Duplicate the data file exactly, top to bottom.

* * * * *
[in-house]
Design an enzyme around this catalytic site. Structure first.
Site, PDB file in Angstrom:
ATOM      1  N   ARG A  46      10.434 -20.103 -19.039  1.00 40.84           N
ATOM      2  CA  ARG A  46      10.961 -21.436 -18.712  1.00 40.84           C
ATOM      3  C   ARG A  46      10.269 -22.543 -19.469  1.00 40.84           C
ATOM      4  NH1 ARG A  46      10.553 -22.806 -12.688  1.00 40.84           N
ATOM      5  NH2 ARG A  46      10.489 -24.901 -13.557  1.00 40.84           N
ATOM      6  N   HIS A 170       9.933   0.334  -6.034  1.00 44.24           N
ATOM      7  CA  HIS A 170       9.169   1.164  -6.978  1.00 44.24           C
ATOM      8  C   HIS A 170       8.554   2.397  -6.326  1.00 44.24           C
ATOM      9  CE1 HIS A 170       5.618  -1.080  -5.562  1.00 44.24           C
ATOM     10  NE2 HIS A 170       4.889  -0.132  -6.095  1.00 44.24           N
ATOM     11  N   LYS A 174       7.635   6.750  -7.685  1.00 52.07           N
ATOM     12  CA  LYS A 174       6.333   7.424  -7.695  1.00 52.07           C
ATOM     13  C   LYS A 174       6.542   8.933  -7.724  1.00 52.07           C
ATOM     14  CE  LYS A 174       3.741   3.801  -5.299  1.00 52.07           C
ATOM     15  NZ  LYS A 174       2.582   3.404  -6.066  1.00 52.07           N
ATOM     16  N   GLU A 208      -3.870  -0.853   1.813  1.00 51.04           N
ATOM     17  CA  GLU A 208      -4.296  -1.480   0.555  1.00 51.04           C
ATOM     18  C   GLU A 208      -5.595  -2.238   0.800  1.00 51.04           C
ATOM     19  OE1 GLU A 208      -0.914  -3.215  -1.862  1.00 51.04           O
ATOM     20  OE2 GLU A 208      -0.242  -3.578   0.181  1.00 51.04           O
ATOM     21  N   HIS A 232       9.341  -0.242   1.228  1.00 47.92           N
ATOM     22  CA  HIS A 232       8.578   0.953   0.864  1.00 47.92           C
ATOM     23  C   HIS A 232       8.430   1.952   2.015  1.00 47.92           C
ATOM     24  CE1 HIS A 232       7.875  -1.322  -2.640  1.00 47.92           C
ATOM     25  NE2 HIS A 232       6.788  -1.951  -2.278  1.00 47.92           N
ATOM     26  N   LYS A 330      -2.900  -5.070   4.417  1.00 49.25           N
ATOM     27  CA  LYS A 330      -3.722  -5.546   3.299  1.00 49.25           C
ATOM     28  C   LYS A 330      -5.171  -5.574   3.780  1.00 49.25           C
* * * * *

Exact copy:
[in-house]
Design an enzyme around this catalytic site. Structure first.
Site, PDB file in Angstrom:
ATOM      1  N   ARG A  46      10.434 -20.103 -19.039  1.00 40.84           N
ATOM      2  CA  ARG A  46      10.961 -21.436 -18.712  1.00 40.84           C
ATOM      3  C   ARG A  46      10.269 -22.543 -19.469  1.00 40.84           C
ATOM      4  NH1 ARG A  46      10.553 -22.806 -12.688  1.00 40.84           N
ATOM      5  NH2 ARG A  46      10.489 -24.901 -13.557  1.00 40.84           N
ATOM      6  N   HIS A 170       9.933   0.334  -6.034  1.00 44.24           N
ATOM      7  CA  HIS A 170       9.169   1.164  -6.978  1.00 44.24           C
ATOM      8  C   HIS A 170       8.554   2.397  -6.326  1.00 44.24           C
ATOM      9  CE1 HIS A 170       5.618  -1.080  -5.562  1.00 44.24           C
ATOM     10  NE2 HIS A 170       4.889  -0.132  -6.095  1.00 44.24           N
ATOM     11  N   LYS A 174       7.635   6.750  -7.685  1.00 52.07           N
ATOM     12  CA  LYS A 174       6.333   7.424  -7.695  1.00 52.07           C
ATOM     13  C   LYS A 174       6.542   8.933  -7.724  1.00 52.07           C
ATOM     14  CE  LYS A 174       3.741   3.801  -5.299  1.00 52.07           C
ATOM     15  NZ  LYS A 174       2.582   3.404  -6.066  1.00 52.07           N
ATOM     16  N   GLU A 208      -3.870  -0.853   1.813  1.00 51.04           N
ATOM     17  CA  GLU A 208      -4.296  -1.480   0.555  1.00 51.04           C
ATOM     18  C   GLU A 208      -5.595  -2.238   0.800  1.00 51.04           C
ATOM     19  OE1 GLU A 208      -0.914  -3.215  -1.862  1.00 51.04           O
ATOM     20  OE2 GLU A 208      -0.242  -3.578   0.181  1.00 51.04           O
ATOM     21  N   HIS A 232       9.341  -0.242   1.228  1.00 47.92           N
ATOM     22  CA  HIS A 232       8.578   0.953   0.864  1.00 47.92           C
ATOM     23  C   HIS A 232       8.430   1.952   2.015  1.00 47.92           C
ATOM     24  CE1 HIS A 232       7.875  -1.322  -2.640  1.00 47.92           C
ATOM     25  NE2 HIS A 232       6.788  -1.951  -2.278  1.00 47.92           N
ATOM     26  N   LYS A 330      -2.900  -5.070   4.417  1.00 49.25           N
ATOM     27  CA  LYS A 330      -3.722  -5.546   3.299  1.00 49.25           C
ATOM     28  C   LYS A 330      -5.171  -5.574   3.780  1.00 49.25           C